In England, land under water which is non tidal in character belongs prima facie not to the crown but to the riparian owners, each owning to the middle line or thread of the stream, and this is so regardless of whether the water is of such depth and width as to be capable of use for the purpose of navigation.18 The courts of a number of states have adopted the English rule in this regard, that the bed of a navigable non tidal stream, or of that part of a stream which is navigable and non tidal, belongs to the riparian owners19 while the courts of other states have adopted a contrary rule, that the soil under navigable water, although not tidal, belongs to the state.20

16. Emans v. Turnbull, 2 Johns. (N. Y.) 313; Philips v. Rhodes, 7 Mete. (Mass.) 322; Church v. Meeker, 34 Conn. 421; Nudd v. Hobbs, 17 N. H. 524; Carr v. Carpenter, 22 R. I. 528, 53 L. R. A. 333, 48 Acl. 805.

17. Anthony v. Gifford, 2 Allen (Mass.) 549. See Chapman v. Kimball, 9 Conn. 38.

18. Murphy v. Ryan, 2 Ir. R. C. L. 143; Pearce v. Scotcher, 9 Q B. Div. 162; Orr Ewing v. Col-quhoun, 2 App. Cas. 839; Reece v. Miller, 8 Q. B. Div. 626.

19. Middleton v. Pritchard, 4 111. 510, 38 Am. Dec. 112; Washington Ice Co. v. Shorfall, 101 111. 46; Berry v. Snyder, 3 Bush. (Ky ) 206. 96 Am. Dec. 219; Brown v. Chad bourne, 31 Me. 9; Com. v. Chapin, 5 Pick. (Mass.) 199; Lor-man v. Benson, 8 Mich. 18, 17 Am. Dec. 435; Kinkead v. Turgeon, 74 Neb. 573, 109 N. W. 744; Fulton Light Heat & Power Co., 200 N. Y.

400, 94 N. E. 199; June v. Pur-cell, 36 Ohio St. 396; Farris v. Bentley, 141 Wis. 671, 124 N. W. 1003.

20. Bullock v. Wilson, 2 Port. (Ala.) 436; Packer v. Bird, 71 Cal. 134, 11 Pac. 873; State v. Black River Phosphate Co., 27 Fla. 276, 9 So. 205; Callahan v. Price, 26 Idaho 745, 145 Pac. 732; Northern Pacific Ry. Co. v. Hirzel, 29 Idaho 438, 161 Pac. 854; McManus v. Carmichael, 3 Iowa, 1; Wood v. Fowler, 26 Kan. 682, 40 Am. Rep. 330; State v. Korrer, 127 Minn. 60, L. R. A. 1916C, 139, 148 N. W. 617; Cooley v. Golden, 117 Mo. 33, 23 S. W. 100, 21 L. R. A. 300; Gibson v. Kelly, 15 Mont. 417, 39 Pac. 517; Collins v. Ben-bury, 27 N. C. 118, 42 Am. Dec. 155; State v. Nolegs, 40 Okla. 479, 139 Pac. 943; Salem v. MeCourt, 26 Ore. 93, 41 Pac. 1105; Carson v. Blazer, 2 Bin. (Pa.) 475, 4 Am. Dec. 463; Monongahela Bridge rights in this respect may be changed by express provisions in the conveyances under which they claim.31 It has been provided by a United States statute, with reference to such streams within the public lands, that the stream and bed thereof shall be common to both the riparian owners.32 the line to which the river rises, in ordinary years. with such frequency or for such periods of time as to mark upon the soil a distinct character in regard to vegetation as well as in regard to the soil itself,25 or, as expressed in some of the cases, as to deprive the soil of vegetation and to destroy its value for agriculture.26 By low water mark is meant the line to which the water recedes at its lowest stage in ordinary seasons, as distinguished from those of exceptional drought.27 The fact that meander lines were run in surveying fractional portions of the public lands bordering upon the stream do not ordinarily make such lines the boundaries between the land of the riparian owners and that belonging to the state, the purpose of such lines being merely to define the sinuosities of the hanks, and to ascertain the quantity of land in the fraction for the purpose of sale.28 v. Hudson Coal Co., 246 Pa. 11. 91 Atl. 1061; State v. Muncie Pulp Co., 119 Tenn. 47, 104 S. W. 437; Taylor v. Comm., 102 Va. 759, 102 Am. St. Rep. 865, 47 S. E. S75; Barre v. Fleming, 29 W. Va. 314, 1 S. E. 731.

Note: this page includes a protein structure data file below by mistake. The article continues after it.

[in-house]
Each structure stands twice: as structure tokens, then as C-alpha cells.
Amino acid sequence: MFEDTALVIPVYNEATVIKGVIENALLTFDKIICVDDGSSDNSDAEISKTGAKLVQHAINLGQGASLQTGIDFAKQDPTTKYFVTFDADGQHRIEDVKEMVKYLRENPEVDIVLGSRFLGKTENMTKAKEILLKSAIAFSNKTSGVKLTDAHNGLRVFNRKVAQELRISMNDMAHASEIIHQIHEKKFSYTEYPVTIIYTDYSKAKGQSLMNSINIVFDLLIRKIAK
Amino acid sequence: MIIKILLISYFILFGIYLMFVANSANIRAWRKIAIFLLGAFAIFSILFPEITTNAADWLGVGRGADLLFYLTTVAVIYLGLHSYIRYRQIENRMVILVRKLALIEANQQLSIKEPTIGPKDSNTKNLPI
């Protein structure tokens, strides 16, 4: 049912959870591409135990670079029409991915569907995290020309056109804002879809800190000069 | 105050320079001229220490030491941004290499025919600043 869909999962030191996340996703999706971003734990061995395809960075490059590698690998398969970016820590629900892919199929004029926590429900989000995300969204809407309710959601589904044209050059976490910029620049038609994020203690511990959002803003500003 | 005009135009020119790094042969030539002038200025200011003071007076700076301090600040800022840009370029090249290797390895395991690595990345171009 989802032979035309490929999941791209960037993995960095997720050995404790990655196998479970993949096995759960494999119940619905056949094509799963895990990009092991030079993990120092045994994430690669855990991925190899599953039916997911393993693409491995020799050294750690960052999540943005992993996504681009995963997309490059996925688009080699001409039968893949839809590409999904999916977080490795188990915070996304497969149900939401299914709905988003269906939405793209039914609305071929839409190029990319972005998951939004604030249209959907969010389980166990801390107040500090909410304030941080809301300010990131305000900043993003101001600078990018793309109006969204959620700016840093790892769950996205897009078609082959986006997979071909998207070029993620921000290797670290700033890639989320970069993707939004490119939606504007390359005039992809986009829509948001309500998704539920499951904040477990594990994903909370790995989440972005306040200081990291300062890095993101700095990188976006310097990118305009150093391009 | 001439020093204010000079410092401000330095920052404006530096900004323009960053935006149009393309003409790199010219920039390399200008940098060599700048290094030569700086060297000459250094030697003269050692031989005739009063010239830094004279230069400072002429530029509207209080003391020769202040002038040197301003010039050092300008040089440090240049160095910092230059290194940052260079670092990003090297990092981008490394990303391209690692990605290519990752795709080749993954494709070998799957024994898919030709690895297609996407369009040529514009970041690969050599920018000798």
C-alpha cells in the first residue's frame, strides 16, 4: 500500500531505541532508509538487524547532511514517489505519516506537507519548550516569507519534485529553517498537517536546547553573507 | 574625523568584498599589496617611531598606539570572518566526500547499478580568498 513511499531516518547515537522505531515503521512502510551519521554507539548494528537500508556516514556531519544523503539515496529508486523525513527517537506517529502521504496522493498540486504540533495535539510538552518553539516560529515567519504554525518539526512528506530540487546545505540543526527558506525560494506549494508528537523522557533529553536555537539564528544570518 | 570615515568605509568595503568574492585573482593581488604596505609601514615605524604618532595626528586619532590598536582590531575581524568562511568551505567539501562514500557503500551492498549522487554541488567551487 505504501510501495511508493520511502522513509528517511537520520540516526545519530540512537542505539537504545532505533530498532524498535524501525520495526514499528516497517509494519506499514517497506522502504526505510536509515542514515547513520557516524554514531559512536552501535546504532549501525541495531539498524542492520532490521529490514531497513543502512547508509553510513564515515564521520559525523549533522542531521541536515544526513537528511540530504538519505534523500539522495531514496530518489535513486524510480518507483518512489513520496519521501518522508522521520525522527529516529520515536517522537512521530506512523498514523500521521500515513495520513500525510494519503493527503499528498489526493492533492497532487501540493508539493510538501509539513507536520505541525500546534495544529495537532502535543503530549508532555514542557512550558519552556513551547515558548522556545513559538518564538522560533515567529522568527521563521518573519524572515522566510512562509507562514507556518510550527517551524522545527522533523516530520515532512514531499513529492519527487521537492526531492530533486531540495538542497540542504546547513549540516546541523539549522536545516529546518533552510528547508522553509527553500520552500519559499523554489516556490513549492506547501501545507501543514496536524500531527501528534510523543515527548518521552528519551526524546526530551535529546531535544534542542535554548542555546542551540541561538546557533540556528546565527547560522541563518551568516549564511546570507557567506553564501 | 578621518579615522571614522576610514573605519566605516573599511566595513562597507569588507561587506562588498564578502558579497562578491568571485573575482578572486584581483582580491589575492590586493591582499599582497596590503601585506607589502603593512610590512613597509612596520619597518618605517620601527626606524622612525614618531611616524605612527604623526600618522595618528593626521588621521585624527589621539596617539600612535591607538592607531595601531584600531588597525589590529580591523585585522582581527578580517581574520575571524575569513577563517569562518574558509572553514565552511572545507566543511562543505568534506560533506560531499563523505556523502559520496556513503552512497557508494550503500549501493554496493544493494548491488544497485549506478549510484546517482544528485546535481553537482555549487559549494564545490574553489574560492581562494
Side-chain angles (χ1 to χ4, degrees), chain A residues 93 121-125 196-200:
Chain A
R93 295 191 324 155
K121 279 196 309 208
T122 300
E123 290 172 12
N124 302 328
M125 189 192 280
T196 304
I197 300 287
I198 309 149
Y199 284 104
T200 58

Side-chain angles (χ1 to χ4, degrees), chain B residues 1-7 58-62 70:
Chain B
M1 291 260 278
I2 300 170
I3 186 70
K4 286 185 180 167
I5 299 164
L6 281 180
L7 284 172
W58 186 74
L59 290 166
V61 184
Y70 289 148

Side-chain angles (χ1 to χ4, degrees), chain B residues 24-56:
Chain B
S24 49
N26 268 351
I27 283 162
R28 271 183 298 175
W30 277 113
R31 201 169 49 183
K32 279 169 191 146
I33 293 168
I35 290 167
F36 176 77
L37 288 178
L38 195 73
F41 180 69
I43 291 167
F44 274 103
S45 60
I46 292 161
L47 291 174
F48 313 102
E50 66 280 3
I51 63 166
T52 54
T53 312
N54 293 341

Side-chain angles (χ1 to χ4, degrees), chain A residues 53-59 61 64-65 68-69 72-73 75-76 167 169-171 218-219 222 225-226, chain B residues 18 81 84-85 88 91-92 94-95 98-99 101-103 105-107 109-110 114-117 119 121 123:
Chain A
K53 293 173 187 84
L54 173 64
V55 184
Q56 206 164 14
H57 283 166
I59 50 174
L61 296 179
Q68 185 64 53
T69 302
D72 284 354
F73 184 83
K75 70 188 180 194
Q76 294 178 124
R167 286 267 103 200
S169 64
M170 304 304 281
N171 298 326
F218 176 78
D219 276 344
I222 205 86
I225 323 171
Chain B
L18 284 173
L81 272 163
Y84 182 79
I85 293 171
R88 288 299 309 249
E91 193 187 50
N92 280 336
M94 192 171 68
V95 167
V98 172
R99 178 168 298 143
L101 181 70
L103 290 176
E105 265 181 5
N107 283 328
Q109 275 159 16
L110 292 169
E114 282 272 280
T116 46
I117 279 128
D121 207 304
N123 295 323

The United States courts regard the question of the ownership of the land under water in such case as one of local law, to be adjudicated in accordance with the adjudications of the state in which the question arises.21 In justification of the departure from the English rule on the subject, it is usually said that in England most navigable streams being tidal, the recognition of private ownership in the bed of a nontidal navigable stream involves but little possibility of interference with the public right of navigation, while in this country, where there are many and important navigable non-tidal streams, private ownership of the beds thereof might be most disastrous to the public right. Such a view appears to involve the assumption that the owner of land under navigable waters has the right to interfere with navigation thereover, and perhaps the further assumption that the recognition by the English courts of the crown's ownership of the bed of navigable tidal waters was the outcome of a desire to prevent such interference, neither of which assumptions is in the slightest degree justified. In England the land under tidal waters has always been regarded as belonging to the crown on the theory that such waters are part of the high seas, while non tidal waters not being in theory a part of the high seas, the land thereunder has been regarded as the subject of private ownership. By reason of such private ownership of land under non tidal water, there is prima facie no right of public navigation thereover, but such right may be acquired by the public, by express grant or dedication, by inmemoCo. v. Kirk, 46 Pa. St. 112, 84 Am. Dec. 527; Austin v. Hall, 93 Tex. 591, 57 S. W. 563; Newell v. Loeb, 77 Wash. 182, 137 Pac. 311 (statute).